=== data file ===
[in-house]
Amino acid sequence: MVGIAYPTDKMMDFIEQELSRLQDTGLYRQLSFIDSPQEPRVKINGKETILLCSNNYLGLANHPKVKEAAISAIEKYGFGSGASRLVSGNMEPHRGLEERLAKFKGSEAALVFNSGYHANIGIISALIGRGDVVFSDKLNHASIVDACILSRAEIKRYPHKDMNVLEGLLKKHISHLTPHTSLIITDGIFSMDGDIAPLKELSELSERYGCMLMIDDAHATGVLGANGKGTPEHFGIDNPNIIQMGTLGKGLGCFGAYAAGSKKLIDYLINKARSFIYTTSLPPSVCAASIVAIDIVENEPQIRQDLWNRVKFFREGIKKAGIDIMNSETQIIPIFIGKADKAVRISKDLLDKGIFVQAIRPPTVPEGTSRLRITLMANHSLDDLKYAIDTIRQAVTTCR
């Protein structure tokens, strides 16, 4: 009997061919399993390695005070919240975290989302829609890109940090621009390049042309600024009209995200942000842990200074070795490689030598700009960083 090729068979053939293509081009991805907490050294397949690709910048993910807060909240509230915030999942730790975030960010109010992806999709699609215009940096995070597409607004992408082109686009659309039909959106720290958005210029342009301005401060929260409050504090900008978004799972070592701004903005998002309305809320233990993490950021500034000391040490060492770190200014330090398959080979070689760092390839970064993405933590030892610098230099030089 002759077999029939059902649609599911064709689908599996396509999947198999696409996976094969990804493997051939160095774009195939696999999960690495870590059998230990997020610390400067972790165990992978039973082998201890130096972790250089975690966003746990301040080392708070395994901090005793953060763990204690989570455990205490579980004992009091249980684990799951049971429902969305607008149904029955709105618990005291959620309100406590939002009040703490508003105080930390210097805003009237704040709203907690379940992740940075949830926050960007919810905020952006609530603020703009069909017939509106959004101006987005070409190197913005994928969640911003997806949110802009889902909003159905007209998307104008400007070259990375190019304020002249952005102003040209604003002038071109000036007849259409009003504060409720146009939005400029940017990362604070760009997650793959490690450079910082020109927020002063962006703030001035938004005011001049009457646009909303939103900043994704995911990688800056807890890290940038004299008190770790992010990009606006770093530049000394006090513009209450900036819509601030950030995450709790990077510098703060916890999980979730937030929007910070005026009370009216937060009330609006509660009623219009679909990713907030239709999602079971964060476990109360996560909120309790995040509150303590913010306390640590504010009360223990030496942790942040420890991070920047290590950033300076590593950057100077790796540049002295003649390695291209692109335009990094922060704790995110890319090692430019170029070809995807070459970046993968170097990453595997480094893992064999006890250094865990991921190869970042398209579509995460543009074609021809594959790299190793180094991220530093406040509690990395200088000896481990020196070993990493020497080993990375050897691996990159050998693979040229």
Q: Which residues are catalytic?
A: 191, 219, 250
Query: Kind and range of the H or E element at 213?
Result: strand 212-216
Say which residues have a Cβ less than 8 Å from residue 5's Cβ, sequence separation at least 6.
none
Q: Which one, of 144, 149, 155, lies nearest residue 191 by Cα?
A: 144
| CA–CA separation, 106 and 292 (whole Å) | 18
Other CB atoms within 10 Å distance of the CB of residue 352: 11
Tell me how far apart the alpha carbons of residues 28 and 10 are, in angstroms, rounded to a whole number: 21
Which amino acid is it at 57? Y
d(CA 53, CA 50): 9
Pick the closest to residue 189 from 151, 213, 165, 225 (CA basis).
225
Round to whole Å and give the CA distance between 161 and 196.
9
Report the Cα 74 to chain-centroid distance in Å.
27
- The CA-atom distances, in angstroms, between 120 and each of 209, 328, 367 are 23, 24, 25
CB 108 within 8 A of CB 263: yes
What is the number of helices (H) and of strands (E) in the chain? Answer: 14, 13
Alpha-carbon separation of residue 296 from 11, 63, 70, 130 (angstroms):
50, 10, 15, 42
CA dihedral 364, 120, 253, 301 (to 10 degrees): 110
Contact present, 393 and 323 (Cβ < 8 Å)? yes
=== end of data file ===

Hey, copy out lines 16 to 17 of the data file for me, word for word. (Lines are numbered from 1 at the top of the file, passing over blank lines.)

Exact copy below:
d(CA 53, CA 50): 9
Pick the closest to residue 189 from 151, 213, 165, 225 (CA basis).